The White House review on Afghanistan released Thursday demonstrates that the 30,000 additional U.S. troops deployed to Afghanistan this year are beginning to make a difference in the direction of the war.
In order to build on these tentative gains, the Administration should take a stronger leadership role in driving political reconciliation inside Afghanistan, intensify efforts to work with Pakistan in denying Taliban sanctuary on its side of the border, and refrain from discussing troop deadlines, which undermines the overall strategy.
Turning Military Gains into Political Success
The review provides a candid assessment of where U.S. efforts stand in the war just three months after the last of the 30,000 additional American troops arrived in theater. Administration officials have said the review is unlikely to prompt any major policy changes in the short run, which means President Barack Obama is willing to give the counterinsurgency strategy more time.
At the NATO summit in Lisbon last month, President Obama shifted the focus of U.S. strategy to an emphasis on 2014 as the end date for combat operations. While he continues to call for some U.S. forces to be withdrawn starting in July 2011, Obama has left himself wiggle room by saying that the “pace and scope” of that withdrawal is still undecided.
Progress on the battlefield has not yet translated into success for civilian government, which means the overall counterinsurgency strategy is still being tested. While the U.S. and coalition forces have made clear military progress in the southern provinces of Helmand and Kandahar, where most of the new U.S. troops have been deployed, it remains to be seen whether local civilian government can fill in behind and sustain itself over time. Given that fighting inevitably slows in the winter months in Afghanistan, some of the gains may be partially attributable to a conscious temporary retreat by the Taliban.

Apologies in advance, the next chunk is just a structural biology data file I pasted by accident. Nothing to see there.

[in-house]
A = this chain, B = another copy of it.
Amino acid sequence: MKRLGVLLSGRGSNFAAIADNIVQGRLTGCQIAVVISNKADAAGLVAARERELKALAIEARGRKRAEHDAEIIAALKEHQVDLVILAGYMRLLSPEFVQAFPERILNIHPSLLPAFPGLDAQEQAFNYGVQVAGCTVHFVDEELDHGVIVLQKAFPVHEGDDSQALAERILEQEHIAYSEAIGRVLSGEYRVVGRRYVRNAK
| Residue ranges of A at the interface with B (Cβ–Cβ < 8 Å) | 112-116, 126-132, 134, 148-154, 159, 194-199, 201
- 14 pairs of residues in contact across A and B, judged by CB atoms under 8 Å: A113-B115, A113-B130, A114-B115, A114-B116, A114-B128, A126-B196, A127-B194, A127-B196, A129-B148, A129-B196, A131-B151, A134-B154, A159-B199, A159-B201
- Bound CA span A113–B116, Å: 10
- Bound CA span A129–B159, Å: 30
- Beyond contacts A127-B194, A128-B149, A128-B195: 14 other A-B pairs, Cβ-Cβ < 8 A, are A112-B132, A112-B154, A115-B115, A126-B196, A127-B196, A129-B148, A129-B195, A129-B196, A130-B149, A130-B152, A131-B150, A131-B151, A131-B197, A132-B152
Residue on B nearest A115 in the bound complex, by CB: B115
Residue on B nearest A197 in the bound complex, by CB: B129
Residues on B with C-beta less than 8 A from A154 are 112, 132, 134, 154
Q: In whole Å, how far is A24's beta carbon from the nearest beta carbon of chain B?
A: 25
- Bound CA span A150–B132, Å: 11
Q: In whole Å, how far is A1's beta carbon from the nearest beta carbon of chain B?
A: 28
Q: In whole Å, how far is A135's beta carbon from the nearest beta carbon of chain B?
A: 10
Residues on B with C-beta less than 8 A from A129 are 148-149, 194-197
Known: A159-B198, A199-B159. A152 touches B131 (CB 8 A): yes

The sudden death this week of Senior Representative for Afghanistan and Pakistan (SRAP) Richard Holbrooke has sparked uncertainty over the future of the civilian/political strategy in Afghanistan. It is essential that the Obama Administration quickly identify a notable individual with regional experience and political influence to succeed Holbrooke. Some have suggested that the SRAP position be disbanded or downgraded, but that would be a mistake. The terrorism problem involves both Afghanistan and Pakistan; thus it is necessary to have a high-level Washington-based official who can shuttle between Afghanistan and Pakistan.
Setbacks for al-Qaeda
The review also takes note of progress against al-Qaeda’s core leadership in Pakistan’s tribal areas thanks to an intensified drone missile campaign. President Obama indicated that it will take time to “ultimately defeat al-Qaeda” but pledged to pursue the terrorist organization relentlessly until it is eventually dismantled. The U.S. is also focusing on al-Qaeda affiliates in places like Yemen and Somalia, but senior Administration officials have made clear that the most significant al-Qaeda threat continues to emanate from the borderlands of Pakistan.
While the review demonstrates that the U.S. is in a better position today than it was a year ago to meet its objectives in Afghanistan, there is a long way to go. To consolidate the recent security gains in Afghanistan and turn the tide on the terrorist threat that plagues both Pakistan and Afghanistan, the Administration should:
Bring the U.S. and Pakistan into Alignment on the Future Course for Afghanistan. The Obama team has so far relied on large-scale military and economic aid to induce greater Pakistani cooperation against Taliban sanctuaries on its soil. But this strategy has failed to impact Pakistani calculations on the utility of the Taliban in maintaining a regional security balance that favors Pakistan. Despite losing over 30,000 citizens to terrorist attacks since 9/11, Pakistan has been unable (or unwilling) to develop an effective policy to counter terrorism on a comprehensive basis. U.S. officials need to help Pakistan see beyond the Taliban and consider more carefully the costs to Pakistan of Taliban extremists re-gaining influence in Afghanistan.